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TOPICS INCLUDE: Thanks and more; Lou Yang banquet; Technical information wanted; Vegetarian abalone; Osmanthus; Luo Han fruit
Letters to the Editor
Spring Volume: 1996 Issue: 3(1) page(s): 8
From EILEEN YIN-FEI LO:
Thank you for sending the review of my book: From the Earth: Chinese Vegetarian Cooking. Thank Susan Asanovic for her kind words. A word of caution though, Ms. Asanovic must be a bit more careful. My book is not $34.95, which she refers to twice. Also a correction about tempering glass.
MRS. LO: You are quite correct to point out the error. We owe you two apologies, and will swallow much poor food in penance, none made from your fine book, of course. One 'I am sorry' is from Ms. Asanovic, the reviewer, who should have advised that this book is $25.00 in the United States, $34.95 in Canada. The other comes from 'Yours truly,' who should have checked and not allowed that error to be printed. We appreciate your calling us to task on that. As to your comment on 'tempering glass,' we would like to advise that technically and in reality, the experts we consulted say there is no need and more important, that it can not be done.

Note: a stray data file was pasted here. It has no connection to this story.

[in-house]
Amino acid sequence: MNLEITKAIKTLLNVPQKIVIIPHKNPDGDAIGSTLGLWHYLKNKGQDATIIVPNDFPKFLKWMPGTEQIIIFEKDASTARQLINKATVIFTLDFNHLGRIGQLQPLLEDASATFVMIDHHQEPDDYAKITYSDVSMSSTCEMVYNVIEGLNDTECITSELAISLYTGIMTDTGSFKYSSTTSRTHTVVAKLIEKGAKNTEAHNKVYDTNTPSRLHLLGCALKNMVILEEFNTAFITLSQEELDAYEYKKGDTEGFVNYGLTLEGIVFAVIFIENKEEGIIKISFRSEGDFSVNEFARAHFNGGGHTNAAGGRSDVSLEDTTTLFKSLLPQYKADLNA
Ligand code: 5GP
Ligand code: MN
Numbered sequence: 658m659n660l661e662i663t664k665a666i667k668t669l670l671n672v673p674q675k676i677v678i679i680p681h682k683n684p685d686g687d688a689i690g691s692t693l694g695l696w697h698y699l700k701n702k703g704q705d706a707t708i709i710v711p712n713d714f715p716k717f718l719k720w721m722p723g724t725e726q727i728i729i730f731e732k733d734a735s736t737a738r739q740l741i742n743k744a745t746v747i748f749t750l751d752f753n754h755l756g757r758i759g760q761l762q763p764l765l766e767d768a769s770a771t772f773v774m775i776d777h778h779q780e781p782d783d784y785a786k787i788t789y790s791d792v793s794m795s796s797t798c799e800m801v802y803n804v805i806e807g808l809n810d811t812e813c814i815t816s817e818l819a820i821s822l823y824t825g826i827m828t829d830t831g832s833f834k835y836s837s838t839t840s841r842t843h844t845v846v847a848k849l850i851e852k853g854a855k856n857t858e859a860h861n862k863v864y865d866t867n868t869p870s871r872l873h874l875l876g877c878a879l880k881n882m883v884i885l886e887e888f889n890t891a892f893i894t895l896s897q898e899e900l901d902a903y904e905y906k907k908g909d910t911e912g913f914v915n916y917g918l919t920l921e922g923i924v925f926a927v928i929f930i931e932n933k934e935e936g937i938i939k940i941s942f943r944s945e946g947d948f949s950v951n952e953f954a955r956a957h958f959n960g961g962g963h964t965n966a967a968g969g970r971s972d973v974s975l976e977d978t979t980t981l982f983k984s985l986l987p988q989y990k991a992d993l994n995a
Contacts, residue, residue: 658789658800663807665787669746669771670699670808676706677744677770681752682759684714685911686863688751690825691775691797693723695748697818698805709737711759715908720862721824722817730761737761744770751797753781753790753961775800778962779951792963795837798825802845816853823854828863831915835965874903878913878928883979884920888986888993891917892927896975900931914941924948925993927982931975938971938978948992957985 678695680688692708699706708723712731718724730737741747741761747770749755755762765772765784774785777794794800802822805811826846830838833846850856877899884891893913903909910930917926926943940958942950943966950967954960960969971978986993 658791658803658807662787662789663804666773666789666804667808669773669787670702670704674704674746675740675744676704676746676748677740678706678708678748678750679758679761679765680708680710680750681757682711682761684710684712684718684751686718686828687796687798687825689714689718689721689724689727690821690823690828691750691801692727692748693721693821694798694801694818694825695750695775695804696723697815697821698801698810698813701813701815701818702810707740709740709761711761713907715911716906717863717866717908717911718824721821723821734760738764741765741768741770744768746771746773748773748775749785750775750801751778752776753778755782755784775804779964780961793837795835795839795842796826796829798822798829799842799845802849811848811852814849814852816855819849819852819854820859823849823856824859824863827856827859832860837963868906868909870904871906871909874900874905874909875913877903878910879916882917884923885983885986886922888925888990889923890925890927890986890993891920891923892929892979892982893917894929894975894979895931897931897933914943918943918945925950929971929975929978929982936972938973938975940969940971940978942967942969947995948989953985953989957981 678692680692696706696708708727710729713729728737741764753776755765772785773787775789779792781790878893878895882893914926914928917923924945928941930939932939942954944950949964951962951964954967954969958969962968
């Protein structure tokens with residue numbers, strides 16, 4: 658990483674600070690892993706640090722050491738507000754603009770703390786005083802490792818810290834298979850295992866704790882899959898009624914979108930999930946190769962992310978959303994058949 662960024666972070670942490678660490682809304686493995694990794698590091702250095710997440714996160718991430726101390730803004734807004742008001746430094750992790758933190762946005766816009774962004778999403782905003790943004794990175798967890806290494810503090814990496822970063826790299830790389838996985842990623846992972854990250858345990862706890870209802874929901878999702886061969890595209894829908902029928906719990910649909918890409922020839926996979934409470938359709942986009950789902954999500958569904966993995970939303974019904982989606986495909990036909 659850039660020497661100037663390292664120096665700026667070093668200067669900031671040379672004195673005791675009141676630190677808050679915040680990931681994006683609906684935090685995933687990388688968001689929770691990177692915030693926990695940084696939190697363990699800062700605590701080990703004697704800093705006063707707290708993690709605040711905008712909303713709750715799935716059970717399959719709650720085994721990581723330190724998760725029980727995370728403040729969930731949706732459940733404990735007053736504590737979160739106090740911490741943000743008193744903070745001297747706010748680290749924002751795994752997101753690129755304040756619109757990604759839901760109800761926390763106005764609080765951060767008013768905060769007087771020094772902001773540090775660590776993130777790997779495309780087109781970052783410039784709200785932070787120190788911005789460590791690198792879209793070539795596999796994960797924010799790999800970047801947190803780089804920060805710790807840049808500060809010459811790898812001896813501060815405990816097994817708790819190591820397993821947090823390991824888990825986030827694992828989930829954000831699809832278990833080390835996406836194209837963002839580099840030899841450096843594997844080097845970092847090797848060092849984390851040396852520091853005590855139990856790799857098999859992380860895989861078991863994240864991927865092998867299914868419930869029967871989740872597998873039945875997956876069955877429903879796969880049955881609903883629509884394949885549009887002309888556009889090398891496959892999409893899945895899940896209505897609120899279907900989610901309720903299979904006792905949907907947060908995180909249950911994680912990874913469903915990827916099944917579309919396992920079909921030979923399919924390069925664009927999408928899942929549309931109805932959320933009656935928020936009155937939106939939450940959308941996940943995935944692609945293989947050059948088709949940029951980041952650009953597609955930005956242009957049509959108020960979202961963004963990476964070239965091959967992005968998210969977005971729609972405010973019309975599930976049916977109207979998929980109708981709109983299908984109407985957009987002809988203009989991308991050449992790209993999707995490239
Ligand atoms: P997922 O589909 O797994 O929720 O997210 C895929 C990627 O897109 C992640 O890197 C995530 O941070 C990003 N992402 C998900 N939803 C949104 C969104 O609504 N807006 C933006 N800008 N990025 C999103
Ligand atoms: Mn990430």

From JONIE B. of FLUSHING NY:
Count me as one of the lucky ones. Do advise your readers that if they think a restaurant review is good, to rush there. I was able to enjoy a Lou Yang banquet two weeks before the restaurant closed. Thanks for tipping us off about the restaurant, and advising about their special fifteen-course banquet. Why do restaurants, particularly Chinese restaurants, come and go so quickly?
JONIE: Glad you had the opportunity to enjoy that very special banquet at the Lou Yang Seafood restaurant; it was a unique experience. Am not an expert on your question of why, but my experience is that many restauranteurs, Chinese and other folk, overextend themselves and run short of funds for the early months until they have built up a steady cliental. It costs in the neighborhood of half million dollars to set up a posh place, and inexperienced restauranteurs learn this as they go along. Also, permits and health and safety certifications take longer than most plan for, and customers need time to find a new place. That, and lots of mega-bucks are needed for advertising. And let me add a P.S. on this restaurant. They re-opened four days after they closed, as a disco, and just yesterday, a restaurant owner down the block told me they are once again a Chinese restaurant of the same name. I peered in after eating at one of their newest competitors, it was both true and crowded. Such multiple lives seems commonplace for some restaurants, not sure why.
From XI-MING-LEU of MANHATTAN: